I've been gathering ("collecting" would be far too purposeful and organized a word for it) mismatched bits of transferware, against the day when the dishes we've been using are due to be retired.  No particular theme as far as color or pattern, just things that i spot and decide i rather like... with bonus points awarded for strange or locally significant subjects - for instance, i bought a plate that has a somewhat cheesy-touristy image of Luray Caverns, done in a beautiful purple.  I added a few more pieces this weekend: a butter plate from the nearly-deserted flea market, and two dinner plates from a local thrift store.

The dinner plates scored on the local interest front: both feature more-or-less local Catholic churches dedicated to Saint Ignatius (the spouse said he's pretty sure that at least one of his sisters was married in the church shown on the plate on the right).

They look like the sort of thing that was probably custom produced in a small run to be sold as a fundraiser.  Curiously, though the plates have the same raised floral border, they're slightly different sizes.  The marks on the back and the glaze vary between the two as well.  One of them is dated 1966.  The other, while it has information on the back about the church building, has no marks at all from the manufacturer.

Even more mysterious is the tiny little butter plate (i'm guessing it's a butter plate, anyway - it's maybe a wee bit large for that, but quite a bit smaller than a saucer, and no depression to receive a cup...).  The transfer is poorly done on this one, but it was such a pretty pattern - i'm usually not a fan of the straight-up floral designs, heaps of roses on dishes just aren't my thing - but with the berries and the geometric border on the very edge, i quite fancy this pattern.  The problem?  Well, aside from the fact that it's not a great example (what with the transfer flaws), i have no idea what the pattern is or where the piece comes from.  No marks at all, so i'll have to hope that i can match it to a picture somewhere... at least there's hope, since the strawberries aren't the most ubiquitous motif on transferware.  With luck, i'll be able to find something else in the same pattern that does have a mark.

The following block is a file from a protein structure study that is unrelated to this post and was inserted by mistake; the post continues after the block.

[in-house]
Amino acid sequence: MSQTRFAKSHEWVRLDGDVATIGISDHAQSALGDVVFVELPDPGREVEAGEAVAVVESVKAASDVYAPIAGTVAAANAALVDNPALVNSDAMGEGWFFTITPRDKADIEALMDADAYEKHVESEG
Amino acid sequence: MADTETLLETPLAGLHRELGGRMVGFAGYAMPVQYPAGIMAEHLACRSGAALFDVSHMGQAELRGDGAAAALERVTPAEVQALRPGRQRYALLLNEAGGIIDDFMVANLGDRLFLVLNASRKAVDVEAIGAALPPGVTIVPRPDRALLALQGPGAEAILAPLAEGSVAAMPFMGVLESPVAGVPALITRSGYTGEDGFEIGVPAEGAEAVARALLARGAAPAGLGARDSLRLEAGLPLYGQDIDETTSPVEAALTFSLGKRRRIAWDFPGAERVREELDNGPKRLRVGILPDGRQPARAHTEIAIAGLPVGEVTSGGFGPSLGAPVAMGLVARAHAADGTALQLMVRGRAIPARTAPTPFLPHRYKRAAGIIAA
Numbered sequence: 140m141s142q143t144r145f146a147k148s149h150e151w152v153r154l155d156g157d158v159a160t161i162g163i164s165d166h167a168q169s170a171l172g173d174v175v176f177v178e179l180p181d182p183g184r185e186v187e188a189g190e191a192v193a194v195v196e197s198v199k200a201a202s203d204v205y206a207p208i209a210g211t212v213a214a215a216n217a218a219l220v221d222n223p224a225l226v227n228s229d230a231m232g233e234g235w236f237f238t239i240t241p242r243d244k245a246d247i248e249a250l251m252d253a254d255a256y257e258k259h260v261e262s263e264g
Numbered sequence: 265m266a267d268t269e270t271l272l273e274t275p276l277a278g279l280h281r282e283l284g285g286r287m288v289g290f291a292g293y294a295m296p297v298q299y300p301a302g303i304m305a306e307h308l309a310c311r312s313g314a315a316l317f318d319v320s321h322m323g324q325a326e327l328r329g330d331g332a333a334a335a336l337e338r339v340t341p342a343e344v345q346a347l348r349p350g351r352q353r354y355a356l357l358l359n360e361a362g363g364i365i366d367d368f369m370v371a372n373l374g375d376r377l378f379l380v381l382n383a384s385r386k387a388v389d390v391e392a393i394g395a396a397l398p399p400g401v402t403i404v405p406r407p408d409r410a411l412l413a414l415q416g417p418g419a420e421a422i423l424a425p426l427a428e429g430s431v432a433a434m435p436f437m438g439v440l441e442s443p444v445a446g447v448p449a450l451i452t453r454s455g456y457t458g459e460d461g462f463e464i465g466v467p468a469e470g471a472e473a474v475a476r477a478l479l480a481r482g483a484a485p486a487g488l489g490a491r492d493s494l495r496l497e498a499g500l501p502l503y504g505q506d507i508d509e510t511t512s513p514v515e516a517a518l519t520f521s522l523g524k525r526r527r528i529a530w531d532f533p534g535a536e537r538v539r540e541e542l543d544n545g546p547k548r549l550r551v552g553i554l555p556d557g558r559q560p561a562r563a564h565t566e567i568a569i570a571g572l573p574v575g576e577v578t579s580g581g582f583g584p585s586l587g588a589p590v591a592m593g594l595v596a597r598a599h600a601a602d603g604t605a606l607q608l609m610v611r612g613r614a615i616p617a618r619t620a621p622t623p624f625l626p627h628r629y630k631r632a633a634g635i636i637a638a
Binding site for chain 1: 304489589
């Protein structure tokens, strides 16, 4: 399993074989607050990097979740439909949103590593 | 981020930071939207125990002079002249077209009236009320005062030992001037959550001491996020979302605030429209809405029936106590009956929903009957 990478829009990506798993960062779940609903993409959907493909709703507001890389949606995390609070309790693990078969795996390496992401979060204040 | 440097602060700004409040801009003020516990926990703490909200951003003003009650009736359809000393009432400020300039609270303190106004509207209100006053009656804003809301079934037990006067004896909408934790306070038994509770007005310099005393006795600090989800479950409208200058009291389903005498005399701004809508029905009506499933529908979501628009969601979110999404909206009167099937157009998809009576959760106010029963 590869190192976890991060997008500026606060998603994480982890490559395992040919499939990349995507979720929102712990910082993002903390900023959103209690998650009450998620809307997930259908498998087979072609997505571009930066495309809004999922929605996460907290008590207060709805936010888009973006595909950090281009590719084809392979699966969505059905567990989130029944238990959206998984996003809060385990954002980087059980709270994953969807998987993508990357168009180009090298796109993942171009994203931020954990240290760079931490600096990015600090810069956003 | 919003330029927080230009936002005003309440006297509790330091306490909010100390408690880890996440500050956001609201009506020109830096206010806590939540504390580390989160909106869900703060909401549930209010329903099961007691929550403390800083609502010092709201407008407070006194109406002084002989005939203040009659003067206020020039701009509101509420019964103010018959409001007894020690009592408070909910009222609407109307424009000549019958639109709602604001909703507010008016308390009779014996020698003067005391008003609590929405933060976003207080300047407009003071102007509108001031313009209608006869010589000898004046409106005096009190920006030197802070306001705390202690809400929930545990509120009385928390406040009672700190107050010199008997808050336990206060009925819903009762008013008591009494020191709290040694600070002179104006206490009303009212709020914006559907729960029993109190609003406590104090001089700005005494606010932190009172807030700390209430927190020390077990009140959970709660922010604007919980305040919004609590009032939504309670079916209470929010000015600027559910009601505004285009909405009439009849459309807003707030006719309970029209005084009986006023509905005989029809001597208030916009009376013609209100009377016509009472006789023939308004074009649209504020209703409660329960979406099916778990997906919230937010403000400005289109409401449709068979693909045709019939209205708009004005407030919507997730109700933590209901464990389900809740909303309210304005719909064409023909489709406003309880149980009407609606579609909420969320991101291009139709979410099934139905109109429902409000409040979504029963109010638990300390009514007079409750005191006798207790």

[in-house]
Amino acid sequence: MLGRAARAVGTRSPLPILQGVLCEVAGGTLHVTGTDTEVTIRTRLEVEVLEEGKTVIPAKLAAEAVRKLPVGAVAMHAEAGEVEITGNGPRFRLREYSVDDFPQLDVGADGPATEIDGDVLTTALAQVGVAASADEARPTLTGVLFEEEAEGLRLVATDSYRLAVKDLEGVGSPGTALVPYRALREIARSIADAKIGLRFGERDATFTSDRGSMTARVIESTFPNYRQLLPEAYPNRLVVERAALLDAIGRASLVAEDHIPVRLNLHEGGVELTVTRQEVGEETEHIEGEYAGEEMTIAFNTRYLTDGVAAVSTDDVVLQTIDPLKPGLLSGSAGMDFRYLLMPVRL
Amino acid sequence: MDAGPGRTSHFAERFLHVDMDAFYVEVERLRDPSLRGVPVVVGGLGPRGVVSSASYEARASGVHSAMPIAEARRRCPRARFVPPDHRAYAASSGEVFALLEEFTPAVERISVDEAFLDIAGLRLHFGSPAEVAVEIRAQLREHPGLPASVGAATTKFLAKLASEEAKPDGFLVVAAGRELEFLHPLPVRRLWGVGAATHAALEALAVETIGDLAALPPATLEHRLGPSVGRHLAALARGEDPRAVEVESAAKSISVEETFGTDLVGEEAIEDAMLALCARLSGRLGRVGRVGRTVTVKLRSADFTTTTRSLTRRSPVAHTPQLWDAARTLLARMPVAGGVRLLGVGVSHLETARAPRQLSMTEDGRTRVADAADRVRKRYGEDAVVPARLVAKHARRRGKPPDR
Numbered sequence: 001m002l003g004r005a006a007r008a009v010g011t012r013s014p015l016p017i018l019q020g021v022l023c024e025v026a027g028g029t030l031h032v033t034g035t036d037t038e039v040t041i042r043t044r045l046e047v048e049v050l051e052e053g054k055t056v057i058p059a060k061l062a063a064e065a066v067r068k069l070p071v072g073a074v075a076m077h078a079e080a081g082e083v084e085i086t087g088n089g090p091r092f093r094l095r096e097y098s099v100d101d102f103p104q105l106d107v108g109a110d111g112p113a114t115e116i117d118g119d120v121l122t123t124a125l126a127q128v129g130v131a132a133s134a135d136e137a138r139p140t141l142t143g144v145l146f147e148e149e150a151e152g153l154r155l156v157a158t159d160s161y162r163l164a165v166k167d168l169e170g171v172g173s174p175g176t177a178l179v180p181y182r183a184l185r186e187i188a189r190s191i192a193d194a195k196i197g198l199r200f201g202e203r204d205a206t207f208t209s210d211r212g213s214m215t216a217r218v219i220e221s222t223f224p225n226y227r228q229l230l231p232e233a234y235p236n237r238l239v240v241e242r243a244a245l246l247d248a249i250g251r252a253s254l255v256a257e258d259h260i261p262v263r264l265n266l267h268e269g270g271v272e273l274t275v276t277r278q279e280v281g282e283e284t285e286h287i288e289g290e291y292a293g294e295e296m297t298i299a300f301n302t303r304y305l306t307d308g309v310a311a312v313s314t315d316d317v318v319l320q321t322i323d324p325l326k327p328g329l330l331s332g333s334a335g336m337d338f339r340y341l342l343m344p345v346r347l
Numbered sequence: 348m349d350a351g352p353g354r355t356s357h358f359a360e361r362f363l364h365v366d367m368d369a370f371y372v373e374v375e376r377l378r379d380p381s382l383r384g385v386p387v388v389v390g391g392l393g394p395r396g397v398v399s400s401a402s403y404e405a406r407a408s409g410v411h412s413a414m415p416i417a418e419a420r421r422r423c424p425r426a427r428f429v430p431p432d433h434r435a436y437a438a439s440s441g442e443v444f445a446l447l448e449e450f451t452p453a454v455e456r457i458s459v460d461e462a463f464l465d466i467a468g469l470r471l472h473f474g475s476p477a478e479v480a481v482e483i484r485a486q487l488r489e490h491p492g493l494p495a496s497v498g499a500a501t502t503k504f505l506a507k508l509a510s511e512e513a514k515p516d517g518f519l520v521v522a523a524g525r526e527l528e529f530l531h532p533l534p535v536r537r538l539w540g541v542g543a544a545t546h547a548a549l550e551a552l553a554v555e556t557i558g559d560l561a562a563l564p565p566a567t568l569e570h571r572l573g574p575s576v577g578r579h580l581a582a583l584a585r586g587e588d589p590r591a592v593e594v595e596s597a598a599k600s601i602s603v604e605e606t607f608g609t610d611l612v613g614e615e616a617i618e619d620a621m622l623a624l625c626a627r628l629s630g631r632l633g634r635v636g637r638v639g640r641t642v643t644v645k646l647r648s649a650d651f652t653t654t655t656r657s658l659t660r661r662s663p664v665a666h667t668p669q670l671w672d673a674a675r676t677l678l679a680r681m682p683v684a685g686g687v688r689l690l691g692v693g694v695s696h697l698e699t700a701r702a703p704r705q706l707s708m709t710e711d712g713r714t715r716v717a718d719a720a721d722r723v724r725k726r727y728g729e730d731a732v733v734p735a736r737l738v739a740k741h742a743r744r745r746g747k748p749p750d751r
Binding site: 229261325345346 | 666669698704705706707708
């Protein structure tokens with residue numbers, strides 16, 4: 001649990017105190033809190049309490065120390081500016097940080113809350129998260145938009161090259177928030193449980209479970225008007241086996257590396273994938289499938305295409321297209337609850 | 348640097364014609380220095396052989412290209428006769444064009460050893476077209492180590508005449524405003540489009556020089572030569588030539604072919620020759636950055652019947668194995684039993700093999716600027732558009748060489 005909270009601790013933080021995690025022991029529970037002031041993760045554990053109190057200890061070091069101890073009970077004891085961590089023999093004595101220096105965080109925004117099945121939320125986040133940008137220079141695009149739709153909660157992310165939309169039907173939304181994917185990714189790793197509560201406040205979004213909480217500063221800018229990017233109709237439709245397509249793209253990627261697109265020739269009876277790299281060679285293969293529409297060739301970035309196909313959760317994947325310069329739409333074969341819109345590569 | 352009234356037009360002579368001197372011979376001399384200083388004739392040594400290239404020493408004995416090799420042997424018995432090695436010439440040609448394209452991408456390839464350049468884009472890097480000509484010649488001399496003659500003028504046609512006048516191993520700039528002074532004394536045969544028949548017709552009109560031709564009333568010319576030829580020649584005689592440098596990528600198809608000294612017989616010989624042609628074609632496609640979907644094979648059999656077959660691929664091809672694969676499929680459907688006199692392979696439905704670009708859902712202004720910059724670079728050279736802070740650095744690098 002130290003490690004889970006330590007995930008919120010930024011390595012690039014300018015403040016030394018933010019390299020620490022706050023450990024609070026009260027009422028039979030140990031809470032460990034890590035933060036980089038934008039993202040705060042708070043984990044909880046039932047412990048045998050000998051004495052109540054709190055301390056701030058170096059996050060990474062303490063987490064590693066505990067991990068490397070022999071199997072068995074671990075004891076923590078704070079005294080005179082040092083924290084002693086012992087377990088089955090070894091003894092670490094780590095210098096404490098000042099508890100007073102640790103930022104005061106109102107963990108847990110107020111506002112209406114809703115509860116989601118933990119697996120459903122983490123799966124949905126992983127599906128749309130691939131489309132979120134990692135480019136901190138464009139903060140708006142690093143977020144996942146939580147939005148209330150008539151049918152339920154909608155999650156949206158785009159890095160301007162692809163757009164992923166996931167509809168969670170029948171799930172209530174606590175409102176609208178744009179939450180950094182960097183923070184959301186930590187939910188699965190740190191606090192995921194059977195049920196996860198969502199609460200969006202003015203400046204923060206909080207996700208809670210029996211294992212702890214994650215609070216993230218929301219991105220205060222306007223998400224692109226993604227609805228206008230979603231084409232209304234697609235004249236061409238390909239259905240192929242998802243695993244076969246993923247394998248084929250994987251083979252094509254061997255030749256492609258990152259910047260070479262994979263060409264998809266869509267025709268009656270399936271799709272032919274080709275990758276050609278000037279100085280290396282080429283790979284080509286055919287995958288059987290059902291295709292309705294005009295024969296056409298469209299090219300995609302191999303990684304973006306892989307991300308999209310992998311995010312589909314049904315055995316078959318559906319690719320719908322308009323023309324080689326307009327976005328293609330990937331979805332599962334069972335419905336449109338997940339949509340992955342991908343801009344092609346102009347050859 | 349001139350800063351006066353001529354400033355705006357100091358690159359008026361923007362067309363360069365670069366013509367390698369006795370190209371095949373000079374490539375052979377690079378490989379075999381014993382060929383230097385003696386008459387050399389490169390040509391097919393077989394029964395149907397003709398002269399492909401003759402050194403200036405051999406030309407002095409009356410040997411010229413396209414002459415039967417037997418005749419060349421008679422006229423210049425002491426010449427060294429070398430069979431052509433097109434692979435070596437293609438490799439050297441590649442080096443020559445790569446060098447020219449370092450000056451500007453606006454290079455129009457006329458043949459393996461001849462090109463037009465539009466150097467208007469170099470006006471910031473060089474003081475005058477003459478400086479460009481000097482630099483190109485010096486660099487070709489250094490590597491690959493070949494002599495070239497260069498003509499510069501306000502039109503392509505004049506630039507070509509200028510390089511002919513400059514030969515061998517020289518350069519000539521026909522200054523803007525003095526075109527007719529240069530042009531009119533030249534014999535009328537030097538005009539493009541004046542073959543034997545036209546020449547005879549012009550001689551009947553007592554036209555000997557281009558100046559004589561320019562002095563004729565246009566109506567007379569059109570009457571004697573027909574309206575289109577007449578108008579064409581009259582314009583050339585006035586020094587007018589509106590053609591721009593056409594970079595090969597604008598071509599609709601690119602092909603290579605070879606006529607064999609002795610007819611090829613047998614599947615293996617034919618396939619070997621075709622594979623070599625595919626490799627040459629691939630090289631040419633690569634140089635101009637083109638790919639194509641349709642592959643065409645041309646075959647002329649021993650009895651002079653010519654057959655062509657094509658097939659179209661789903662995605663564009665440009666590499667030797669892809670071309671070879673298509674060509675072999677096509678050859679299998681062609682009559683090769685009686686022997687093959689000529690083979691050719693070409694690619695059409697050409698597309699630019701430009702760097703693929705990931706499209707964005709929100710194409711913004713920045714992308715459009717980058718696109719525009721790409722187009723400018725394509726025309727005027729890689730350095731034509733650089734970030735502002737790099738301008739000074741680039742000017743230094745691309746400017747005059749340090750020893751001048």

Sunday, August 7, 2011

The legend of the spaghetti sauce

My grandmother's maiden name was Zuber; my grandfather's name was Paul Jacobus.  "Jacobus" and "Zuber" are not, you may observe, Italian names.  But we have a fine Italian spaghetti sauce recipe in the family, and it's because of my grandmother, Jewel.

Paul grew up in Irvington, New Jersey, and his best friend - now we get to the Italian names - was Vinny Loria (that's the two of them, aged about 15, Vincent on the left and Paul on the right).  When Paul was courting Jewel, he invited her to join him for Sunday dinner at his friend Vinny's house.  Vinny's mother, Mrs. Loria, was apparently the picture of an Italian matriarch, and Jewel saw dish after dish brought to the table.  Not wanting to offend her hostess, Jewel tried to eat some of each new item presented, but finally she couldn't fit any more in.  And still the dishes were presented...

After a while, she excused herself, went to the bathroom, and removed her girdle, so that she could return to finish the meal.  When Mrs. Loria discovered what Jewel had done, she was so flattered that she gave her the family spaghetti sauce recipe, which my very Germanic-and-Dutch family enjoys to this day.

Saturday, August 6, 2011

Wake up!

There's a sale on at PressingNeeds - i need to get ready for the county fair, which means (among other things) that i've got lots of prints and photos that need to be framed, and that can run into a fair chunk of change... so, now through Saturday, August 13th, you can use the coupon code "FRAMED" to get 20% off your order!

There are lots of prints to choose from (the block i've show here is printed on one of those oh-so-handy pocket-sized Moleskine notebooks), and if you see something you'd like in a different color, or maybe framed and ready for gift-giving, don't hesitate to send a convo my way!

Wednesday, August 3, 2011

Meet the menagerie

Not the furry ones - you've seen most of those.  Time to start on the sewing machines.

This is Grandma's old Kenmore Rotary machine, made, according to the model number, in 1948.  (Now, Grandma told me it was the machine she bought in about 1939, with the wages from her first job, but my guess it that this must have replaced that original machine - maybe an upgrade, since by then she had baby clothes to sew...)

It's not as pretty with gold decals and such as some of the old Singers and other machines i've got, but it's sure solid!  The only thing i really dislike about it is that the corners of the base are quite sharp - rather prickly when toting it up and down the stairs to take photos, for instance... shouldn't matter much in the real world, as i've also got the cabinet for the machine, which has pretty fluted legs, for all it's been painted an unusual streaked green.  I quite like the color actually - it was the same treatment that had been applied to the dresser and the desk as well, in the room i stayed in during the summers.  Now, i just have to find a place i can fit the cabinet, so i can give it a good test drive, and see to any care and feeding it needs!